A famous rich man abuses his wife and his children both physically and emotionally, eventually resulting in the wife's murder. Told from the point of view of the middle child, their teenage daughter. The wife/mother was trying to mask the abuse from her children, so the girl slowly comes to realize what was happening.Although Young Adult fiction, I found it an engaging adult fiction as well. I am seldom disappointed with Oates's work, and this one I found particularly well done.
hezann73 on LibraryThing More than 1 year ago
Franky's father is a sports star and an all around great guy. At least that's what the public thinks. The truth is that he is emotionally and phyically abusive to Franky's mom, sister and herself. When Franky's mom disappears, Franky has to decide if she is brave enough to tell the truth
athenamilis on LibraryThing More than 1 year ago
Freaky Green Eyes by Joyce Carol Oates is a truly suspenseful book. It begins with a family on the verge of divorce and ends with the mother being murdered by what turns out to be an abusive psychotic husband. The story is told from the perspective of the middle child, Franky. It is sad how the reader realizes what is going on before the characters do. This is what keeps up the suspense. I plan to suggest this book as pleasure reading in my high school English classroom. It is written in a fairly straightforward manner---not too many of those tricky literary devices. Students may be put off by the length, but once they get into it, I think they'll enjoy the mystery as I did.
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the_other More than 1 year ago
I would say that this book took me by surprise. It was so realist to the point where you wish you were there to yell at the characters and scream, "what are you thinking" or "What are you doing!" Freaky Green Eyes depicts the life of Franky, the main character. This is a story about the hardest part of her life. I would like to say that she is "waking up to reality." I would definitely recommend this book to anyone. It is a little taste of how things could be much worse and what some people have to live threw every day.
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Anonymous More than 1 year ago
Joyce Carol Oates is an amazing writer. This is an eye opening story. I don't think most adults stop to think what the child is thinking or may be feeling when a diificult situation arises like divorce. Those we love may actually be doing more harm than good and not realize it. No child ever waits to see the bad in a parent no matter what the evidence tells tham. Sometimes it is a journey they must take on their own to see the truth. All you can to is stand aside and support them from the sidelines.
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TeensReadToo More than 1 year ago
Prolific author Joyce Carol Oates delivers yet again with FREAKY GREEN EYES. With a plot that gradually unfolds to expose a family's destructive private life, this book covers a topic touched upon by many but seldom handled so artfully.

As in her previous novels, such as WE WERE THE MULVANEYS, Oates unveils a family that is picture-perfect to the world at large but dysfunctional and horrific behind closed doors.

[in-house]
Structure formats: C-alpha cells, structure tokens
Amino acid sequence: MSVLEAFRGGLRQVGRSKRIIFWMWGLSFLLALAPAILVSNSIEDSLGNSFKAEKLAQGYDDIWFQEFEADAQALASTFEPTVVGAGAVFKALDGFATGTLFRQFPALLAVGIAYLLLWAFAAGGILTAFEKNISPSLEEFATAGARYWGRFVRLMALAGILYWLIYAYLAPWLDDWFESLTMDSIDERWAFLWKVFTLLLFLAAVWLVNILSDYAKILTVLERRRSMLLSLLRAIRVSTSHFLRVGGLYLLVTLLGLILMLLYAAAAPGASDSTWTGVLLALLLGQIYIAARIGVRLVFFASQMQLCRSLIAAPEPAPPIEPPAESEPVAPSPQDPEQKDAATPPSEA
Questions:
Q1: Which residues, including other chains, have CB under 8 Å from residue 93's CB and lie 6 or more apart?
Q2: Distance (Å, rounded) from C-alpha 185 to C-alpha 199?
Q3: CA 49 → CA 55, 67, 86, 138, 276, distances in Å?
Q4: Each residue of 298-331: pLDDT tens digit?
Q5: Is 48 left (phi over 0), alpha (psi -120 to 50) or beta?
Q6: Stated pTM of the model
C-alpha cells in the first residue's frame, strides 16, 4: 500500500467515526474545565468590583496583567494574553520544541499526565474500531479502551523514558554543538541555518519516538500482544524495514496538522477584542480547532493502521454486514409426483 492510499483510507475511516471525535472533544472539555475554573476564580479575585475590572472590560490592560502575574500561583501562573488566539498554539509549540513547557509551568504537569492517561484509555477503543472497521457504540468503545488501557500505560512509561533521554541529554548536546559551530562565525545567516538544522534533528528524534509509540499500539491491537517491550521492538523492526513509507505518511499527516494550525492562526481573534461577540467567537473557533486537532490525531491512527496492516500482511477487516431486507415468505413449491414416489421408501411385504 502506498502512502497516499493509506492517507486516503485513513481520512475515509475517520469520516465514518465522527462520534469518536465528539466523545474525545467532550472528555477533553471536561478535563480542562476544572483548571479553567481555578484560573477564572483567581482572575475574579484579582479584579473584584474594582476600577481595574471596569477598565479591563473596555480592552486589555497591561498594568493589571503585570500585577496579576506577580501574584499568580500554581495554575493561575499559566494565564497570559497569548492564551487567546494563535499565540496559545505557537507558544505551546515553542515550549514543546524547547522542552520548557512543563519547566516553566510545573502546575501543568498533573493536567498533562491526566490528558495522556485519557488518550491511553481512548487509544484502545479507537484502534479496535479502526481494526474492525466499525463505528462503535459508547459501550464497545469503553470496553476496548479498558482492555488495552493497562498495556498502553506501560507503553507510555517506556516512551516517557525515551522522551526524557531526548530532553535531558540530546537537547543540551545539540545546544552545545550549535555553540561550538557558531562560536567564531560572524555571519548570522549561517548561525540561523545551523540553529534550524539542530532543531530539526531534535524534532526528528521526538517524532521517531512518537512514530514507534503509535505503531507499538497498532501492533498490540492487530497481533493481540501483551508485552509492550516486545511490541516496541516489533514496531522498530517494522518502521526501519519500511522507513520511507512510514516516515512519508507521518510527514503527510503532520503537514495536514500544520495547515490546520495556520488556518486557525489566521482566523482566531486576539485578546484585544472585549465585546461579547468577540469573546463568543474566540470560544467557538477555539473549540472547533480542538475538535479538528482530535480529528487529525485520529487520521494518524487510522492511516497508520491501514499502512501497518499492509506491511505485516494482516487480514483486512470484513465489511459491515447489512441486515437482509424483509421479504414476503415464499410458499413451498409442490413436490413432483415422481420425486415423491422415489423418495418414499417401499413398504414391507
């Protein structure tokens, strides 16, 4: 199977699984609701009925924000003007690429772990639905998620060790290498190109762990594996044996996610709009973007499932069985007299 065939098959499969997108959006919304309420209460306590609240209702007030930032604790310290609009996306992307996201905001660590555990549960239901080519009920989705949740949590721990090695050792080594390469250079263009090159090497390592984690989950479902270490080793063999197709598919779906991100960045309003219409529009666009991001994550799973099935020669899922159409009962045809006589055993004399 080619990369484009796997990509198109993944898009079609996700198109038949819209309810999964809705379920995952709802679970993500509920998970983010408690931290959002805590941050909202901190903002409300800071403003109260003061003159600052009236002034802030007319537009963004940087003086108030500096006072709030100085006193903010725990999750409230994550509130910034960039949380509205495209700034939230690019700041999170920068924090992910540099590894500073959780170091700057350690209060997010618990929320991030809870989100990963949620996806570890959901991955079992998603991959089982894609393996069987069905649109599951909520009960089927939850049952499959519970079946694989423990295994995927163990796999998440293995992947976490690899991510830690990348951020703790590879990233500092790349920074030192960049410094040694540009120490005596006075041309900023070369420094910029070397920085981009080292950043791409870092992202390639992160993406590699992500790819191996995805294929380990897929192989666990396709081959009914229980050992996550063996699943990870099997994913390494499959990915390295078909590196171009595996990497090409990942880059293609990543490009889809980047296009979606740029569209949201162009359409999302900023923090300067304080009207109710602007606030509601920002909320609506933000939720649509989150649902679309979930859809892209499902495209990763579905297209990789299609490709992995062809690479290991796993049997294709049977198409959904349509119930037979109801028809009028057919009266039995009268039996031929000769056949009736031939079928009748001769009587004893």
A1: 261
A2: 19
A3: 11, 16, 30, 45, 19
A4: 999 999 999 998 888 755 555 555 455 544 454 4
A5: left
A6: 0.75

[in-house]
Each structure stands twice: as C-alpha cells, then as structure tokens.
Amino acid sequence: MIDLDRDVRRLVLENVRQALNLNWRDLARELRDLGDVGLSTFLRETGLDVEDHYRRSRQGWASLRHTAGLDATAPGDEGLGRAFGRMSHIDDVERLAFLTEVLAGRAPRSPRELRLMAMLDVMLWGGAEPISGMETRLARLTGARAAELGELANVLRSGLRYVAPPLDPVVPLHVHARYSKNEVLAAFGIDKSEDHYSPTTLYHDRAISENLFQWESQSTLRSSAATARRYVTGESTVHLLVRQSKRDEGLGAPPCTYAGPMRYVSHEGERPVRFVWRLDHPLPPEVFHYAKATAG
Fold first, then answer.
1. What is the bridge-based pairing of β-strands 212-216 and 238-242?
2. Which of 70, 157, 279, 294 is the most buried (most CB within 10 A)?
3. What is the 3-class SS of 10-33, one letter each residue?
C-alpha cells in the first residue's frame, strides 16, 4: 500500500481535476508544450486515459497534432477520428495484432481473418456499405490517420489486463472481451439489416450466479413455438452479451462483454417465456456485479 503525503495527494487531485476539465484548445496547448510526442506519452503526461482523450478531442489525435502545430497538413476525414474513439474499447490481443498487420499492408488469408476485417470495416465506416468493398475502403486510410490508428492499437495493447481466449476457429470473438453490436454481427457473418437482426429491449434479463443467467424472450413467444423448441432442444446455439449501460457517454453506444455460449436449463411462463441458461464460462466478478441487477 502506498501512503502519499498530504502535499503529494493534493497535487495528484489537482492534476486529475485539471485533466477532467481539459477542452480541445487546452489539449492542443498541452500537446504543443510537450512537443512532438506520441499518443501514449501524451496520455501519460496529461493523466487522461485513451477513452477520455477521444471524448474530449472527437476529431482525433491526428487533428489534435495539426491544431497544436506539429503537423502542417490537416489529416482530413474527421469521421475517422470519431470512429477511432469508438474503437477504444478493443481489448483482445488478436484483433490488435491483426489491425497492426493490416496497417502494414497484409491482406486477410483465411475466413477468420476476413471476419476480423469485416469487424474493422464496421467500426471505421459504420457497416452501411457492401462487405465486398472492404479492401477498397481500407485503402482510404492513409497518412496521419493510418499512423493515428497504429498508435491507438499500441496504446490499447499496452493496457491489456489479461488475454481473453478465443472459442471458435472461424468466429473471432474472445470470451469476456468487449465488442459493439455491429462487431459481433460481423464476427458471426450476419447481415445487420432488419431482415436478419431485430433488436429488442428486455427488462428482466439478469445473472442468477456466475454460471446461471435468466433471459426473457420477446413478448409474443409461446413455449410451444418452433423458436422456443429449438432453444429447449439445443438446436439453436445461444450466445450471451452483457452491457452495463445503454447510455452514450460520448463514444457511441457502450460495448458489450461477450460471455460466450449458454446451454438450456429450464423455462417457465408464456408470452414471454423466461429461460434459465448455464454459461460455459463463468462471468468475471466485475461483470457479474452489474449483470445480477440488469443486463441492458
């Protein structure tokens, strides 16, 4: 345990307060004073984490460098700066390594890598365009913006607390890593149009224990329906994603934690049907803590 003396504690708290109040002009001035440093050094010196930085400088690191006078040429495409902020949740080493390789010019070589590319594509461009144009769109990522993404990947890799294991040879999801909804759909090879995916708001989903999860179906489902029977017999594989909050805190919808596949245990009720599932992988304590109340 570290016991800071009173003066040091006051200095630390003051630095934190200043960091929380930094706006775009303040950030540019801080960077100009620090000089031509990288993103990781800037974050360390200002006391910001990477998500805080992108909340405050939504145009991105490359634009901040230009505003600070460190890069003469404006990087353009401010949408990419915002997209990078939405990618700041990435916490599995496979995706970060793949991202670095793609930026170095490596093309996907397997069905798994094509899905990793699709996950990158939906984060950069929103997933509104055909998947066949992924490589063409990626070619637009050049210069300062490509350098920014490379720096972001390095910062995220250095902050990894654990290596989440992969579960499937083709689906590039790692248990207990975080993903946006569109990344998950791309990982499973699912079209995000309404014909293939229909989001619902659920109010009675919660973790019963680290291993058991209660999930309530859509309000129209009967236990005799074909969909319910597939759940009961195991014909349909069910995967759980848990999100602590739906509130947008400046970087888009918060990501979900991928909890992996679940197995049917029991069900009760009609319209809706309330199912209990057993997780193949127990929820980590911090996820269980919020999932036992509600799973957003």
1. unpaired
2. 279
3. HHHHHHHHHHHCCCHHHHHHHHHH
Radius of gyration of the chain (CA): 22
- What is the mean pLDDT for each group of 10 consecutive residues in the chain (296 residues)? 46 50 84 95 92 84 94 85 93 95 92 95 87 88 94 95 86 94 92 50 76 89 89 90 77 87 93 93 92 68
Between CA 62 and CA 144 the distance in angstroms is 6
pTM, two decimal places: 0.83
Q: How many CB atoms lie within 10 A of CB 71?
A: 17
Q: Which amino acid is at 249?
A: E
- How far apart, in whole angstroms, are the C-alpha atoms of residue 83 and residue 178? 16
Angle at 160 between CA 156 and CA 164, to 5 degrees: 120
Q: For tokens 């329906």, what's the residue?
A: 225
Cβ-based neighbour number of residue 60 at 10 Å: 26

The narrator -- Franky -- unveils the true nature of her father slowly, shocking the reader by the level of her own denial, but is blunt with her criticism towards her mother, whom she views as weak and unloving for moving away. The reader will want to love Reid, the broadcaster and former football star, as the world does, but something is not "right" about how ordered he keeps his family. When their mother leaves, Franky and her younger sister Samantha have no buffer in their lives and begin to see their dad's true nature.

The strength of FREAKY GREEN EYES is Oates' narrator and manner of narration. Descriptions are scant and to the point, dialogue is crisp and revealing, and her use of foreknowledge keeps the reader feeling "edgy" until the climax. The reader sees Franky's world through the flawed understanding of a co-dependent child in an abusive home. Children in this type of environment react to the truth as they see it, not as it necessarily really is, and often quite illogically. In this regard, Joyce's "voice" for Franky is quite realistic. A girl her age would not be able to handle things any better than she does in this novel.

But Franky's strengths are as realistic as her shortcomings. Her growth as a character begins in the first chapter and continues to the story's conclusion. "Freaky Green Eyes" is the willful, strong side of her personality, first unveiled while fending off a rapist, a side she relies heavily upon as she begins to doubt her father's version of events regarding her mother's eventual disappearance. The realism of Franky's flaws and strengths gives her story strong appeal.

This is a masterful young adult novel about the sensitive subject of domestic violence. Readers will empathize with children growing up in such an environment after reading it. Highly recommended.
Anonymous More than 1 year ago
Guest More than 1 year ago